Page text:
There are also legal obstacles to overcome. For example, the adoption of clean energy sources like hydrogen is a central part of the Prime Minister’s Ten Point Plan and the White Paper, but there is currently very little legislation in relation to hydrogen specifically. The Gas Act 1986 applies to hydrogen[3], and so any corporation planning to transport hydrogen by gas pipelines must follow all the requirements applicable to gas transporters in the Gas Act (e.g. obtaining a license in advance). This may deter local, decentralised production. Transportation of hydrogen is further restricted by the UK Gas Safety (Management) Regulations ("GS(M)R"), which only permits 0.1% hydrogen in the network. A recent test shows that up to 20% of hydrogen can be injected into the gas distribution network safely, albeit there has been no such practical experience in the UK due to the restriction in GS(M)R. To promote the use of hydrogen in the UK, a special regime for injection, transportation, storage and pricing of hydrogen is likely to be implemented via amendment of the Gas Act and GS(M)R. But will there be the necessary legislative time for all this, while the country adapts to a post-Brexit, post-Covid world?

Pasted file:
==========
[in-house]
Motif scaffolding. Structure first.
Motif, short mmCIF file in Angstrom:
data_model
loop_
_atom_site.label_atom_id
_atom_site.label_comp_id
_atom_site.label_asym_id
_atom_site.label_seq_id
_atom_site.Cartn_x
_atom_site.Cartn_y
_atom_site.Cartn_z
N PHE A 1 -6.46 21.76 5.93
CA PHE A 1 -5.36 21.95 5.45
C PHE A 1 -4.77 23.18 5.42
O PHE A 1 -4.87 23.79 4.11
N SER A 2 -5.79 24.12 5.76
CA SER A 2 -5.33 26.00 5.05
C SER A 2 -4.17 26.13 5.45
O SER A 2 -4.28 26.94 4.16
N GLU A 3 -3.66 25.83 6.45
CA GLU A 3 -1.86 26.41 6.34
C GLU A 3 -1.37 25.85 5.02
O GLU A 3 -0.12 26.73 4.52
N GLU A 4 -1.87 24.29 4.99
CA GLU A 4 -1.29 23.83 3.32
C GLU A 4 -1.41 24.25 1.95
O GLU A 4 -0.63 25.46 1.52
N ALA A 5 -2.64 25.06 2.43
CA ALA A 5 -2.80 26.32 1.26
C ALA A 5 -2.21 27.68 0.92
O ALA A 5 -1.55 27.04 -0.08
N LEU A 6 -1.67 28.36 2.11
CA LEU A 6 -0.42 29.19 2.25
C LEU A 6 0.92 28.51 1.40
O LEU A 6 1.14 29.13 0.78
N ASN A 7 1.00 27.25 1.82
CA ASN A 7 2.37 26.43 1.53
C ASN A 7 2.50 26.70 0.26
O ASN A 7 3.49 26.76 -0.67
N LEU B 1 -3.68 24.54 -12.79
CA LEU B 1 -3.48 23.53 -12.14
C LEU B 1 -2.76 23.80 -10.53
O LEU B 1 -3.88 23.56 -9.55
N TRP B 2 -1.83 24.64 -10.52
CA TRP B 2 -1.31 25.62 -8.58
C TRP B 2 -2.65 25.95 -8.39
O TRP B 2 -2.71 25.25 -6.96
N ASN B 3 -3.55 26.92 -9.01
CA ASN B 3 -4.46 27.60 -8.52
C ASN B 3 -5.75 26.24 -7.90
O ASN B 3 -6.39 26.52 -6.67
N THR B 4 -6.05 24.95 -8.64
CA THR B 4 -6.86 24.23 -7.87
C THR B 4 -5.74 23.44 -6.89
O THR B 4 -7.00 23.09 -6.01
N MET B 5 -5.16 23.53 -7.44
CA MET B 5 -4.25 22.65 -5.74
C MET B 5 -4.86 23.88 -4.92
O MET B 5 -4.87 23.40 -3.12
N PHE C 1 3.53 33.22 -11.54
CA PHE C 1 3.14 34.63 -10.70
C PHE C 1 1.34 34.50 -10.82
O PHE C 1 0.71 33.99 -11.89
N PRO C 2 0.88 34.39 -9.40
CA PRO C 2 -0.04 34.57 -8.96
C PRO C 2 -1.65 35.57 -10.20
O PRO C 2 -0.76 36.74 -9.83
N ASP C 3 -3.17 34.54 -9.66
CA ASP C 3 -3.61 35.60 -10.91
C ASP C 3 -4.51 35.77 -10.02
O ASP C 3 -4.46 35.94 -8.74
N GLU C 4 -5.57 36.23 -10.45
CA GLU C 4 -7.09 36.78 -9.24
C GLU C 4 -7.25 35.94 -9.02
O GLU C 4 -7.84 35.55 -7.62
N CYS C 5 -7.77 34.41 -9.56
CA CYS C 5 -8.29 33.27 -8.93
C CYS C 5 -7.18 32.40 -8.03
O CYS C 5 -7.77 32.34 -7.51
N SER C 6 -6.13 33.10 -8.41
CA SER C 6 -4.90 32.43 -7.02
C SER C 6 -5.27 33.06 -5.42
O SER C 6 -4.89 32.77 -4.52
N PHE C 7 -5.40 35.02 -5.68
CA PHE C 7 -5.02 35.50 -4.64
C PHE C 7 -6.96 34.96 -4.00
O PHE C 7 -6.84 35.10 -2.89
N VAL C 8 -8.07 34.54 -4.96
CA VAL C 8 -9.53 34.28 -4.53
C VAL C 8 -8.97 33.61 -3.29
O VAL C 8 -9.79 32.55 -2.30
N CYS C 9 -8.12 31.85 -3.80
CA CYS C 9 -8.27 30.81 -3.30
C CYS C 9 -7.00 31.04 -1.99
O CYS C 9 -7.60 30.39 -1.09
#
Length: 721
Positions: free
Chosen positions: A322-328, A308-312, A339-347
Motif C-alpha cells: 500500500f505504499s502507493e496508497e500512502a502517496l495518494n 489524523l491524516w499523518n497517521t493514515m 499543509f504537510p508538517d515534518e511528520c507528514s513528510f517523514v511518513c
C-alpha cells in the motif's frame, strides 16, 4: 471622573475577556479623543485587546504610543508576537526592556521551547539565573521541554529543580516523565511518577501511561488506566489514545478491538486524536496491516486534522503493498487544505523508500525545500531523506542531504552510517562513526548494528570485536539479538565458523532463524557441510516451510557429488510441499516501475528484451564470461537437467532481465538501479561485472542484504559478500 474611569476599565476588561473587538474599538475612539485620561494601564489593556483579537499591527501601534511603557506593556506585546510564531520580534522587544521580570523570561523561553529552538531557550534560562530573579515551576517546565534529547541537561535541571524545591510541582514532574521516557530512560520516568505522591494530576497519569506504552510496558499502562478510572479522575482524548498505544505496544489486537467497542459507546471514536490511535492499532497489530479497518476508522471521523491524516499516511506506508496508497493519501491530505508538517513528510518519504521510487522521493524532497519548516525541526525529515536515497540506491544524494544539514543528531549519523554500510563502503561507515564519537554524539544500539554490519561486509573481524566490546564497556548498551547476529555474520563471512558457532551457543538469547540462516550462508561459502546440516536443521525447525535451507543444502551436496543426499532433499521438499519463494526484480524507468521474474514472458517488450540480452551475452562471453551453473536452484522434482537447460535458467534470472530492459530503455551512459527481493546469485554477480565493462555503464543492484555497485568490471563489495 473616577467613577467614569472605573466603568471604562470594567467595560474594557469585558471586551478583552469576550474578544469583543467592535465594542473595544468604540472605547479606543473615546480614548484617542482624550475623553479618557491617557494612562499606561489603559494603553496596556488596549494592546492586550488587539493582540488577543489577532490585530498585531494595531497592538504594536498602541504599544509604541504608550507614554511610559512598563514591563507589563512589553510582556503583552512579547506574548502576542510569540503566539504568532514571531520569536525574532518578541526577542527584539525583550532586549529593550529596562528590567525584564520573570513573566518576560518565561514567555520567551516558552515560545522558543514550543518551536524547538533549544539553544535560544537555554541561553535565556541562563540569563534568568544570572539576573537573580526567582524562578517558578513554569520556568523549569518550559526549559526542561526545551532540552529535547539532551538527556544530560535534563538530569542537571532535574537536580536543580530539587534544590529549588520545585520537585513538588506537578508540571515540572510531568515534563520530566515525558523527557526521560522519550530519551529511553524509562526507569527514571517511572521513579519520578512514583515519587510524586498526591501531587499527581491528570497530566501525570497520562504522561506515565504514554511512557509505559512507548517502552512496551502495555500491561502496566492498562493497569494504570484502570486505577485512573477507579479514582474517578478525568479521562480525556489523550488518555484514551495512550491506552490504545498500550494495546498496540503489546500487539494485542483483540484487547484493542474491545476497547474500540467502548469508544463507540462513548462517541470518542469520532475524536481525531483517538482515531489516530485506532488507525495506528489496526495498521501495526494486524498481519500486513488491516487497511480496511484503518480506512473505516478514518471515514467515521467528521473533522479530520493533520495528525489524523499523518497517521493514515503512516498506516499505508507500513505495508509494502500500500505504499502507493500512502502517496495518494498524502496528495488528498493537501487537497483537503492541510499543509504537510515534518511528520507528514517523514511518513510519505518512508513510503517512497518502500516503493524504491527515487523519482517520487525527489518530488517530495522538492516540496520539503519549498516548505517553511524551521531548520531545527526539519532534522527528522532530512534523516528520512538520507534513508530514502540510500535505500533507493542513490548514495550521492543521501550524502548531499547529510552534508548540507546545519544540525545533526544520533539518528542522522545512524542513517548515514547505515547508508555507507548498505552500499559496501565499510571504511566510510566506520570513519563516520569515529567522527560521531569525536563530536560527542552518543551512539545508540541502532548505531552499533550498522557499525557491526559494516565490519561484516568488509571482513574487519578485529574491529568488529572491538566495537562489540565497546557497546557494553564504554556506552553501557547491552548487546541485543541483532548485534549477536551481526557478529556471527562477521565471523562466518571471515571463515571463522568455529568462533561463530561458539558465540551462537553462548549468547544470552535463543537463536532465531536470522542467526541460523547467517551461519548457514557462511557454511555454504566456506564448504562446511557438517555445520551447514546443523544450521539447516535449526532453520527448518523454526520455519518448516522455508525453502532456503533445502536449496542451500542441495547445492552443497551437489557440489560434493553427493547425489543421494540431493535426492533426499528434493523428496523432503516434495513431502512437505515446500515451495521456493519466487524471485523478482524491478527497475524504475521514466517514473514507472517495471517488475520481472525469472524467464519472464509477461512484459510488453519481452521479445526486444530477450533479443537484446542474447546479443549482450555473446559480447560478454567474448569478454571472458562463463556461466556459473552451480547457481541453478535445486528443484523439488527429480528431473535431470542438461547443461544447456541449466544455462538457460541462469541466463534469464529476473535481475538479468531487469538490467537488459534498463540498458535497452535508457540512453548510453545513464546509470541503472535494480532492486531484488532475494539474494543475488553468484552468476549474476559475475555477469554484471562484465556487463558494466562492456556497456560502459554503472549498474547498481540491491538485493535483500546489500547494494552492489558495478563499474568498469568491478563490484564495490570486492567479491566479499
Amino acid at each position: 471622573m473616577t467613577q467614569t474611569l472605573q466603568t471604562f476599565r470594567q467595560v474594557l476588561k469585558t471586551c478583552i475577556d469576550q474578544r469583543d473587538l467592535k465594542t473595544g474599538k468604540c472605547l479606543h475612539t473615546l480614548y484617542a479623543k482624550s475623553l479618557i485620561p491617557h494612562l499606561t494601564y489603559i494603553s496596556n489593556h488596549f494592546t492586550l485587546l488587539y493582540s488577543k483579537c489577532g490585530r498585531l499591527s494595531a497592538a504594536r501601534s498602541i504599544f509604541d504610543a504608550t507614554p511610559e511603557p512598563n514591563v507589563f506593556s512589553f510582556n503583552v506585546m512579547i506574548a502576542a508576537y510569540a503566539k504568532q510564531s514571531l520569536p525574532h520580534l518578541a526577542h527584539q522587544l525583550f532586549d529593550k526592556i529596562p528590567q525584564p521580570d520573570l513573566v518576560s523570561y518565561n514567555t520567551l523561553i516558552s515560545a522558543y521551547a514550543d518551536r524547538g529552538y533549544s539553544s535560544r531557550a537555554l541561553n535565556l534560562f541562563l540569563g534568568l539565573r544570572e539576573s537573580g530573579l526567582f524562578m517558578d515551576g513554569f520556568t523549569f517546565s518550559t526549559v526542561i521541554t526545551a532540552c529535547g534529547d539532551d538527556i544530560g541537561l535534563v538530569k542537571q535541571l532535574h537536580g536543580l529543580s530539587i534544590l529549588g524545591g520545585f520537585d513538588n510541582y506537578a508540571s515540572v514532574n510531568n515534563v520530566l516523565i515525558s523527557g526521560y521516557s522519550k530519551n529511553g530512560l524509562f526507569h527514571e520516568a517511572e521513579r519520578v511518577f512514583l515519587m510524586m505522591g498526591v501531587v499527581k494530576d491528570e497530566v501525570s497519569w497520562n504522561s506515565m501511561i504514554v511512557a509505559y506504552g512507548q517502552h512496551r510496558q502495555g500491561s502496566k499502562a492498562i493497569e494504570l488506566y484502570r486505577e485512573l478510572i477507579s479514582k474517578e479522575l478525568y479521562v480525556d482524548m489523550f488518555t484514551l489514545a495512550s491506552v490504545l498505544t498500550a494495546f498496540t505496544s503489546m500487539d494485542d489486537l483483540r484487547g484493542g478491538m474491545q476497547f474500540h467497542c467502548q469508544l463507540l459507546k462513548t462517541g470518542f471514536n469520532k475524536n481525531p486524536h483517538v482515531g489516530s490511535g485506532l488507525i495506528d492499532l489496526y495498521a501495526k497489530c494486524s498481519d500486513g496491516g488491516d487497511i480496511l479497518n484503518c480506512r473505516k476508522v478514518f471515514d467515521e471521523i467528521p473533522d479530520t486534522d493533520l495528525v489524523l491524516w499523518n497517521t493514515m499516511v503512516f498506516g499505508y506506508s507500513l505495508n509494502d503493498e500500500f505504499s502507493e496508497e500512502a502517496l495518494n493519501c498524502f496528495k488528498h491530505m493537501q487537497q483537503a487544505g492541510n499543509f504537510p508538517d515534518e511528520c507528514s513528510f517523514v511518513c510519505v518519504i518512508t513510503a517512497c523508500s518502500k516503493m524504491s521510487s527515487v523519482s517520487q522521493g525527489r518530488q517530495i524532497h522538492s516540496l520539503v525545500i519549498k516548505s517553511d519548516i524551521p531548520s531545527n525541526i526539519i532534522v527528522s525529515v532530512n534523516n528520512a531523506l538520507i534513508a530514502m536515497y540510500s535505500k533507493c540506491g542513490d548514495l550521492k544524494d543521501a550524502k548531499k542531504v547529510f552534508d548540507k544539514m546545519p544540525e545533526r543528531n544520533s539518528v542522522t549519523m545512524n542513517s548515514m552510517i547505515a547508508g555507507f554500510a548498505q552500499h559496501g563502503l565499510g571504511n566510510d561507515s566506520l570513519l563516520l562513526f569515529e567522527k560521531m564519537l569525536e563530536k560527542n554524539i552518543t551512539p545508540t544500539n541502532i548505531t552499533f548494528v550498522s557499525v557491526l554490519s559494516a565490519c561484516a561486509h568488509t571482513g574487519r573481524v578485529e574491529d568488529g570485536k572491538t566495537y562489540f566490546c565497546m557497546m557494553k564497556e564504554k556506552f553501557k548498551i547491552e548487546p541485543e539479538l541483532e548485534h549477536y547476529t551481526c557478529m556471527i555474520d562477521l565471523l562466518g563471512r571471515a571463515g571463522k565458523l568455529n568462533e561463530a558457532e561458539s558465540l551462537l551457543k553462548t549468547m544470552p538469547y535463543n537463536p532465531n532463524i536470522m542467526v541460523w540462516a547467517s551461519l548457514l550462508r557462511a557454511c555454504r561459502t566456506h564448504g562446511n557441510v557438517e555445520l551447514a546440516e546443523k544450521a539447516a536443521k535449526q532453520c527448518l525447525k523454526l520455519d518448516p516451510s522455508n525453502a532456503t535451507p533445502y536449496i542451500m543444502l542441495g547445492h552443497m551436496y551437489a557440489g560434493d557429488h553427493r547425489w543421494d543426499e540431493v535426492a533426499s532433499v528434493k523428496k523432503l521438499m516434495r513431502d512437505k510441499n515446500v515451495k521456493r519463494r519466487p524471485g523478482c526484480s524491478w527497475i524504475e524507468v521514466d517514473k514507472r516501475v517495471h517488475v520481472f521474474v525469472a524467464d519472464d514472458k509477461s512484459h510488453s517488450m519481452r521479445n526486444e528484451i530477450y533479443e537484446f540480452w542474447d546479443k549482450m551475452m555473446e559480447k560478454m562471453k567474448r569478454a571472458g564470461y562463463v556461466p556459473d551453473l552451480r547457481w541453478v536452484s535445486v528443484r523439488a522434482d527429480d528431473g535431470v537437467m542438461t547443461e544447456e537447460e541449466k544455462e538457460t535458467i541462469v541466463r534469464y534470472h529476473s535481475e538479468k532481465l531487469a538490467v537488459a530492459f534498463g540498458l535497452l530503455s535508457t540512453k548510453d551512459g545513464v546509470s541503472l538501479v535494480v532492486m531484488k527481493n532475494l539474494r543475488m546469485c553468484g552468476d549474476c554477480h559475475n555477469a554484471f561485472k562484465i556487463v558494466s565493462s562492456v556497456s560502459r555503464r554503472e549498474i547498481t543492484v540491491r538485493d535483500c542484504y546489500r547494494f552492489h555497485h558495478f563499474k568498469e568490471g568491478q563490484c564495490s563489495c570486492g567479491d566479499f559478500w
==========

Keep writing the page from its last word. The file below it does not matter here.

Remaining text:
Another issue is the Government's desire to enable competitive tendering in the onshore electricity network.  Currently only offshore electricity transmission projects are open for competitive tendering, and Ofgem is responsible for managing the competitive tendering process.[4] This is regulated in Article 147 of the Energy Act 2013 and the Electricity (Competitive Tender for Offshore Transmission Licences) Regulations 2015.[5] To enable competitive tendering for the onshore electricity network, the Energy Act is likely to be amended again, and a set of new regulations promulgated. Is there the legislative will and time to get this done?

Conclusion

The White Paper's key commitments are laudable, and it is particularly praiseworthy that the Government has identified the critical need to embrace cutting-edge technological/IT solutions to build a world-leading digital infrastructure for the UK's energy system. However, it remains to be seen whether the necessary legislative reform will occur and whether the light-touch, free-market approach can achieve the ambitious goals set out in the White Paper.

 

[3] Hydrogen falls under the definition of “gas” under Article 48 of the Act.

[4] https://www.ofgem.gov.uk/electricity/transmission-networks/offshore-transmission

[5] https://www.ofgem.gov.uk/electricity/transmission-networks/offshore-transmission/our-role-offshore-transmission

Fin